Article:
The National AfterSchool Association is the leading voice of the afterschool profession dedicated to development, education, and care of children and youth during their out of school hours.

Thursday, December 22, 2011

Flashbacks to Marching Band

Recently, a graduate from my high school posted an open question on Facebook, "You know you went to Fairfield Union High School if...". When curiosity finally got the best of me, I began reading the comments, many of which were from classmates I haven't seen or heard from in years. And since I was one of several graduates who returned to my high school after college to begin my teaching career (in my case as the band director), I became intrigued by what my former students were writing about me and my teaching colleagues from the 70s and early 80s. My former students now range in age from 45- 56.

I have to admit, what I've read has been fascinating. I feel like an evaluation of my work has been occurring all over again. Here's a sampling of what they recall:
·         I was tough and demanded the highest form of discipline.
·         I worked my students hard.
·         Students knew they were expected to perform and excel at a high level.
·         We held marching band practices in rain, snow, excessive heat, and bitter cold.
·         We were a family.

My former students remember incidences that I've long forgotten. But they remember the way I handled them as well as the people involved who became part of the school’s folklore. I remember some of the complaints and occasionally worried that perhaps my teaching style and rehearsal methods were too extreme. But time shapes our memories, in this case very fondly. Despite the love of music that they learned under my tutelage, it was the sense of discipline, work ethic, and pride that they valued even more. Many have described ways that those characteristics have carried them to success in their varied careers.

I wasn't their only teacher, of course. Facebook fans are also reflecting on the characteristics and idiosyncrasies of many other teachers and the pranks they pulled as part of high school. They remember how their teachers walked, talked, dressed, smelled - and cared. The smallest things made lasting impressions. It doesn't take much reading to discover the teachers that the students liked and who they didn't.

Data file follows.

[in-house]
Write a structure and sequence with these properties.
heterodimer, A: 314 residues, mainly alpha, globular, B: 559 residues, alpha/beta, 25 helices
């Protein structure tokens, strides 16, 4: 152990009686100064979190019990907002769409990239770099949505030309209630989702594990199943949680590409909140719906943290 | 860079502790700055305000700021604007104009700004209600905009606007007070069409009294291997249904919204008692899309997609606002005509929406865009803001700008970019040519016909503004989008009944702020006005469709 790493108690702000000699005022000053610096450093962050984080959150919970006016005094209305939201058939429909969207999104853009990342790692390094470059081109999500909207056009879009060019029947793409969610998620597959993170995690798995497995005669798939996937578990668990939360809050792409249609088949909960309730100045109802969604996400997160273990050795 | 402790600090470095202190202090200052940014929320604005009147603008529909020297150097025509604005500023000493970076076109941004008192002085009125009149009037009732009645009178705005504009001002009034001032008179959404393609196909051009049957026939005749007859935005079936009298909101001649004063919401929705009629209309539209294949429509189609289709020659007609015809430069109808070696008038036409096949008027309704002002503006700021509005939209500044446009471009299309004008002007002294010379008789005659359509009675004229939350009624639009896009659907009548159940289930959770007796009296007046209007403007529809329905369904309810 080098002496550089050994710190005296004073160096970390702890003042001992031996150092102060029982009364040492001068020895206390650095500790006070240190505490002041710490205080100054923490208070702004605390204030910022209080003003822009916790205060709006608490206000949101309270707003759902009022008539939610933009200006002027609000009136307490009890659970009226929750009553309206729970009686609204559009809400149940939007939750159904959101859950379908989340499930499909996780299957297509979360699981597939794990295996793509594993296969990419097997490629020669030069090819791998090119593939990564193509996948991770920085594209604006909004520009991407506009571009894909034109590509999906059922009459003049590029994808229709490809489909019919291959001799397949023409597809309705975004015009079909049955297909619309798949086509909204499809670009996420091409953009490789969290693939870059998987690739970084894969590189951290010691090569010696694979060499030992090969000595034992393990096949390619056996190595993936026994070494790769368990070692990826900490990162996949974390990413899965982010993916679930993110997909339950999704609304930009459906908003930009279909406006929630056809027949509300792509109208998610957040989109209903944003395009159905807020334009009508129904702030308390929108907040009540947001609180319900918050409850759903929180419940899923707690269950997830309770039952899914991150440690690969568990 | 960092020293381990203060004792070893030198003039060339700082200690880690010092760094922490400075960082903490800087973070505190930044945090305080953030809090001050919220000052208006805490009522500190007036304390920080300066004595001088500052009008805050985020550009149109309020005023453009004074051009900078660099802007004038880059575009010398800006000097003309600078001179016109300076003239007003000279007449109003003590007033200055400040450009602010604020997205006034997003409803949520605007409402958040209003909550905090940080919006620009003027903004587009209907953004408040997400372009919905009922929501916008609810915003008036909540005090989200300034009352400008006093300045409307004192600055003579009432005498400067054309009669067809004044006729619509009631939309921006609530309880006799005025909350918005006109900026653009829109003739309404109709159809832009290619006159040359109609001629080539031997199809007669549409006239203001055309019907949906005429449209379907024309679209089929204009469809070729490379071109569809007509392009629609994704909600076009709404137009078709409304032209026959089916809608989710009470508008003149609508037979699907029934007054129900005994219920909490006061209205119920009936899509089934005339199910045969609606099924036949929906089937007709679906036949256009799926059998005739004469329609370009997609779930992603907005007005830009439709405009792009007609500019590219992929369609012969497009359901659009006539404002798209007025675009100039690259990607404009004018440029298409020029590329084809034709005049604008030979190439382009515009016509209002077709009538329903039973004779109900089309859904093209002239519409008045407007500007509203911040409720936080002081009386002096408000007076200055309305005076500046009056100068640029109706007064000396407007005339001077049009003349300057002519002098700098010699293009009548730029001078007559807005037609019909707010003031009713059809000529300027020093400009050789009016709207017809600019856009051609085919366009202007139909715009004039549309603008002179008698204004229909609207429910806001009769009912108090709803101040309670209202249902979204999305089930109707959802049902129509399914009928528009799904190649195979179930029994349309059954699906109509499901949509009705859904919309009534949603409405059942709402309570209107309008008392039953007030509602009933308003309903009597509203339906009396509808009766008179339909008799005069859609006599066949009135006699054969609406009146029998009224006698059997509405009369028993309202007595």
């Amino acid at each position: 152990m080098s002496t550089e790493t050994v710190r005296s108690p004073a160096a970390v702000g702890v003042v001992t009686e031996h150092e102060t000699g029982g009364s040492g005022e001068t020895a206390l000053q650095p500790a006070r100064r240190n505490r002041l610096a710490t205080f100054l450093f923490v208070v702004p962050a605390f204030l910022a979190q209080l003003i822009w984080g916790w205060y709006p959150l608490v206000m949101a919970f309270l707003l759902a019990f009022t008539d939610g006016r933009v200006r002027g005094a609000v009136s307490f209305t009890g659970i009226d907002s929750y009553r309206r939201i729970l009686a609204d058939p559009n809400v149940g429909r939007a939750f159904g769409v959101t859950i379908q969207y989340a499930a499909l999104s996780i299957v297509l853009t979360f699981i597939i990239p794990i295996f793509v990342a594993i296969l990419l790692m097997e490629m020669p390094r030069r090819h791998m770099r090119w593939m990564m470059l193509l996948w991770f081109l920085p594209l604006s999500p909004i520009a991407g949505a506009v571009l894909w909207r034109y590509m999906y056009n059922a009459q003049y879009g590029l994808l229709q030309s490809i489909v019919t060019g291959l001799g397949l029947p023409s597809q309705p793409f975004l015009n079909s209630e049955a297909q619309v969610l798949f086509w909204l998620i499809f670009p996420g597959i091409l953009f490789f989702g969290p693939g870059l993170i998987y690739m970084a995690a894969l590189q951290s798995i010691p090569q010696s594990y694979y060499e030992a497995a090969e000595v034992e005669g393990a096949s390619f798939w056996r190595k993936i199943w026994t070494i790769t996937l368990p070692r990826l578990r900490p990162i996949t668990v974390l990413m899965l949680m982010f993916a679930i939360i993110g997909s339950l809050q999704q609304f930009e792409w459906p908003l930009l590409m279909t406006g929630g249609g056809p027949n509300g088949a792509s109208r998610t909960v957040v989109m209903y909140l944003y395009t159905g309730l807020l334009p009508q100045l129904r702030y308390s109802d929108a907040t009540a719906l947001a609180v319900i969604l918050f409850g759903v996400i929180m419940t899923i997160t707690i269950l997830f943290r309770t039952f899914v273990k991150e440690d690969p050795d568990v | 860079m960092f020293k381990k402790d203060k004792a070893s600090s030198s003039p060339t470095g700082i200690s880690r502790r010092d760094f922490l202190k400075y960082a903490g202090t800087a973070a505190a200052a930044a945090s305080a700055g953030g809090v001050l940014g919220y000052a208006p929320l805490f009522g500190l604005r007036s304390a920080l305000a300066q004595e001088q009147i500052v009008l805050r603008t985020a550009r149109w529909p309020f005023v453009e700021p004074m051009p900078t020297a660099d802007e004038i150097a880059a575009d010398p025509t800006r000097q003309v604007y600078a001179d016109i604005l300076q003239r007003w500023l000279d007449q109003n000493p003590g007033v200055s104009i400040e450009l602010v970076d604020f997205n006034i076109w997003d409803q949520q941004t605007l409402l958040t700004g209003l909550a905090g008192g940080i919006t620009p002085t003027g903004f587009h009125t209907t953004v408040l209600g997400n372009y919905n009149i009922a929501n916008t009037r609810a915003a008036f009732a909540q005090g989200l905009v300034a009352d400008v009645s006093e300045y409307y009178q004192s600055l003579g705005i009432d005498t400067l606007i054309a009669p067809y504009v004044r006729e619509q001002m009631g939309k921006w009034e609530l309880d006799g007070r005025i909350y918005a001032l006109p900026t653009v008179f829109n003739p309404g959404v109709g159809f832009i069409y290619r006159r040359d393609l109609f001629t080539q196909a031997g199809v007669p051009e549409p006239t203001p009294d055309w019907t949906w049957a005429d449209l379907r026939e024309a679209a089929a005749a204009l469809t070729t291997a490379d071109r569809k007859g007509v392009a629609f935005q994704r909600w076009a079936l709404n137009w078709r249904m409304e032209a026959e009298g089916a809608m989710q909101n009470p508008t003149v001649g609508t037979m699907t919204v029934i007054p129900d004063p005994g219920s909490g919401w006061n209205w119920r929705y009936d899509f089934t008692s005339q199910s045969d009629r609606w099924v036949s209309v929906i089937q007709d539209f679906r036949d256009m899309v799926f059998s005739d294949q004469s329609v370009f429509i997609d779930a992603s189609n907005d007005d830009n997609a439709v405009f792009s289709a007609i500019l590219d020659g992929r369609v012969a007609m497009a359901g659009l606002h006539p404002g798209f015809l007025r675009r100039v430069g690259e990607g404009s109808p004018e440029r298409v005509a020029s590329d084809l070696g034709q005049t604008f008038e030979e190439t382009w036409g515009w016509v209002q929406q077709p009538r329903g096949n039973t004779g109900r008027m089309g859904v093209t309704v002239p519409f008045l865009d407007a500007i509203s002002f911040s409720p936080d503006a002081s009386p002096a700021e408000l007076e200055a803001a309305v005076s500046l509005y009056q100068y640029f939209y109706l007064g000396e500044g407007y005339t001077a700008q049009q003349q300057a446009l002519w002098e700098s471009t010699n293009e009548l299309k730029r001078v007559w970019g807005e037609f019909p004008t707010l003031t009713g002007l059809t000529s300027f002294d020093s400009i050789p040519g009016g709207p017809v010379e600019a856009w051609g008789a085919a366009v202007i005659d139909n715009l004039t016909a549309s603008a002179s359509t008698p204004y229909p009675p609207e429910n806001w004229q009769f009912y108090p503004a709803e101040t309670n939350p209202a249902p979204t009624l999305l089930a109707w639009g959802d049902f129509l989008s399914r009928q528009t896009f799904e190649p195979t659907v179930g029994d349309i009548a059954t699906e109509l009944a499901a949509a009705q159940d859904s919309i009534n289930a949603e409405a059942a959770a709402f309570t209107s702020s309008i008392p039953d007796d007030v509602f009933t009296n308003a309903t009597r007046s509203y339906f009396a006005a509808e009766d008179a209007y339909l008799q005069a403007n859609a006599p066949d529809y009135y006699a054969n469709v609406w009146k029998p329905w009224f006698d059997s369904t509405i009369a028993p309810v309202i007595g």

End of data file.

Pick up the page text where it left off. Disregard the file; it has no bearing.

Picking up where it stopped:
The point of my writing about things such as this in this blog is to remind afterschool professionals that you, too, will someday be fair game for an informal evaluation by your students when they become reflective about their time with you. You probably won't discover their feedback about you via Facebook, but rather, some kind of communication media we can't even imagine today. After all, for my former students who are reflecting about me, the slide rule was high tech for them when we shared those special high school years.

Never waver from your values. Set high expectations. Kids will rise up and meet them. Communication is essential. Listen. Smile. Dress professionally. Show that you care. Have fun.

Kids are always watching. The realization that my former students  now respect (for the most part) what we collectively did to become a successful marching band creates a sense of pride within me that is worth more than any amount of money.

Paul G. Young, Ph. D.
President & CEO
National AfterSchool Association

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